In no other area of our lives do we seem to expect people to simply know what we like and dislike.
Talking about sex is harder than dirty talk. It is not simply a few words to heat things up, it is showing ourselves, risking our partners being hurt or thinking we have odd sexual preferences, not wanting to sleep with us anymore. We might say something wrong. These are our fears talking. When opening up to someone, especially around this shameful topic called sex, we feel like risking everything, because we have never learned otherwise. So, we are going to explore how to talk about sex.
Let me ask you this:
Then talk about your desires, your likes and dislikes, your thoughts and fantasies, your kinks and your boundaries. Everybody and every body is different. It is not about the one magical technique everyone needs to learn to always be good in bed. It is about telling the person you are fucking, sleeping with or making love to, how YOU like it. It is sexy to know what you want, it is courageous to talk about it and it is everything but shameful.
The other absurd thing about coming out of the closet is that if you are not coming out, you are not homosexual. As if your homosexuality needs to be heard by others to be confirmed and proven true. Of course, that goes for all other non-conforming sexual orientations, gender identifications and ways of living. When you start thinking about the logics of the act itself, heteronormative people would be living in closets all their life. They don’t ever have a coming-out. How could they just naturally live outside the closet, if they never came out? A dark and cramped world that would be. The non-conforming world, nature, queer humans, they are the courageous ones that break free from the darkness of the closet and live in the light.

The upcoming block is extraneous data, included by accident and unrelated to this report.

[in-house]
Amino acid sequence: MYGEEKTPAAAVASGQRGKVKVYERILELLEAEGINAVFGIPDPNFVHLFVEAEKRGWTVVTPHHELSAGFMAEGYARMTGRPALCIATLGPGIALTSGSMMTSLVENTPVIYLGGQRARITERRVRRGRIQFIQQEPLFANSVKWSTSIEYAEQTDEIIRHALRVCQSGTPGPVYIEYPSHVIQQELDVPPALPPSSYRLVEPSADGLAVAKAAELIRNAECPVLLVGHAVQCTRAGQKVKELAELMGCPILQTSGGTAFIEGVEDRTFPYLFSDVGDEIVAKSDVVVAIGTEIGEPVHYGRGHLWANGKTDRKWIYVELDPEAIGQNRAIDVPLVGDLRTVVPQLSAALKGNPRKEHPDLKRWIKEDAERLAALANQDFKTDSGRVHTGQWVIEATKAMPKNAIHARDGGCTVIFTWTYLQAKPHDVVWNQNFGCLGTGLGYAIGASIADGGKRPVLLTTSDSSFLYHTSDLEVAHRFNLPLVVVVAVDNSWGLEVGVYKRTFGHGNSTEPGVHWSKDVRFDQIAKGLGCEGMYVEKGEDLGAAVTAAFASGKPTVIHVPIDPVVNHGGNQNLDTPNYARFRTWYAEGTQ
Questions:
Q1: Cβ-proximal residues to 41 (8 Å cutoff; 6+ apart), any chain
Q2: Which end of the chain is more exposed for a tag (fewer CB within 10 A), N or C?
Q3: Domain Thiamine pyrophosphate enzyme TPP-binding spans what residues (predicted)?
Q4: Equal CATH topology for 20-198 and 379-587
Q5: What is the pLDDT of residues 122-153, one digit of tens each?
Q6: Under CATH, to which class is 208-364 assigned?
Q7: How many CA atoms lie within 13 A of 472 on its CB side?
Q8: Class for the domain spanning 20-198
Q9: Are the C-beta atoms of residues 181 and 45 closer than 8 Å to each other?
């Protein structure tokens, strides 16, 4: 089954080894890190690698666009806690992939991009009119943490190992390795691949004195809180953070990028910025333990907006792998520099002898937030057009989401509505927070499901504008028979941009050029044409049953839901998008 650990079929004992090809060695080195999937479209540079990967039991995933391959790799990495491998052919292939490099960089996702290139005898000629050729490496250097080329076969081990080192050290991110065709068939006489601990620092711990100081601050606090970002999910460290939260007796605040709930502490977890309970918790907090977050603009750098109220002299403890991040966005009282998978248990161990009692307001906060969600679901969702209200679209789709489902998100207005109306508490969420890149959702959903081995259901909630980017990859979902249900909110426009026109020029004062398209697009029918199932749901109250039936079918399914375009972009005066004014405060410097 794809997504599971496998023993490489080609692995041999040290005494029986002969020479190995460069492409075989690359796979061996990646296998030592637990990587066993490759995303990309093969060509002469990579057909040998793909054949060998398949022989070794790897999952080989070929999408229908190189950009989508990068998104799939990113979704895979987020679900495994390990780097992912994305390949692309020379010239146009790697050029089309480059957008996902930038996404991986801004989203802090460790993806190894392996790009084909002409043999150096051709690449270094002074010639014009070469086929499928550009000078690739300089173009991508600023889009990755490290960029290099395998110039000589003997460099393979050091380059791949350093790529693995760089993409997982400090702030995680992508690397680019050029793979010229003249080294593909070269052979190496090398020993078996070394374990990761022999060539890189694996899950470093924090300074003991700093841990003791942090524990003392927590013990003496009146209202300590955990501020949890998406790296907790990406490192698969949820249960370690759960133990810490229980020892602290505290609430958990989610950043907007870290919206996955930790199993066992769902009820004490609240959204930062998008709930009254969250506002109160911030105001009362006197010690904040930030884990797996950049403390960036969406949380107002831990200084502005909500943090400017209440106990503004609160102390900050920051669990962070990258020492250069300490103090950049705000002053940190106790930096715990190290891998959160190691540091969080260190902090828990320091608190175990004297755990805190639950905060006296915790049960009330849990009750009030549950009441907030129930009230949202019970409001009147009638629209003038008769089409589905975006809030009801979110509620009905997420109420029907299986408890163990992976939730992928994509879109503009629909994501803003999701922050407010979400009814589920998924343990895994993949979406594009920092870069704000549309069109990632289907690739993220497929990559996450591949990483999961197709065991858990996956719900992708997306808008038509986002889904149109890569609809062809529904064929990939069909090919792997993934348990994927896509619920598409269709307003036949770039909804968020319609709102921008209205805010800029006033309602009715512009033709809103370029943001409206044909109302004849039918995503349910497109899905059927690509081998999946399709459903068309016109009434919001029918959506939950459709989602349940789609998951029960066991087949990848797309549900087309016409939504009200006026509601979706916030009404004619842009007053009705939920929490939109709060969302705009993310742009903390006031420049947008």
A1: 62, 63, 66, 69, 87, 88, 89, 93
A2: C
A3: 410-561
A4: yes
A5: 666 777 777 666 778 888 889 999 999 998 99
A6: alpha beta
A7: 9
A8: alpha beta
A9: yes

Talking about sex creates connection and therefore makes the sex itself better. So, let’s cut to the chase:
7 tips on how to talk about sex with your (sexual) partner
1. Find Out What You Want
For a long time, I did not know what I wanted or at least I thought I didn’t. And how can you communicate something you don’t know? Make time to self-pleasure, see what kind of touch you like on yourself: a soft stroke? Scratching? Strong grips? How fast or slow? Where do you want to be touched? Try different movements and see how it feels. Write it down, if it helps you, or self-pleasure frequently to remember and explore further. Whilst you are having sex, notice how certain things your partner does, make you feel. Aroused, excited, dirty, ecstatic, emotional, and let them know with a simple
They will be pleased you told them, they will do it again and you will remember what you like or dislike.
2. Be Honest And Upfront
Especially in heterosexual relationships we are confronted with stigma. For example, cis men are always horny, they always make the first move and their relationship with sex is simple: the more the better, so naturally they don’t need to talk about anything. We have a lot of unlearning to do. From sexual anxiety to kinky fantasies, all things sex are ok to talk about with your (sexual) partner. Not only cis men struggle to talk about sex though – many women and non-binary folk are just as reserved. So the best thing you can do to help your partner talk about sex is to be open and explicit yourself.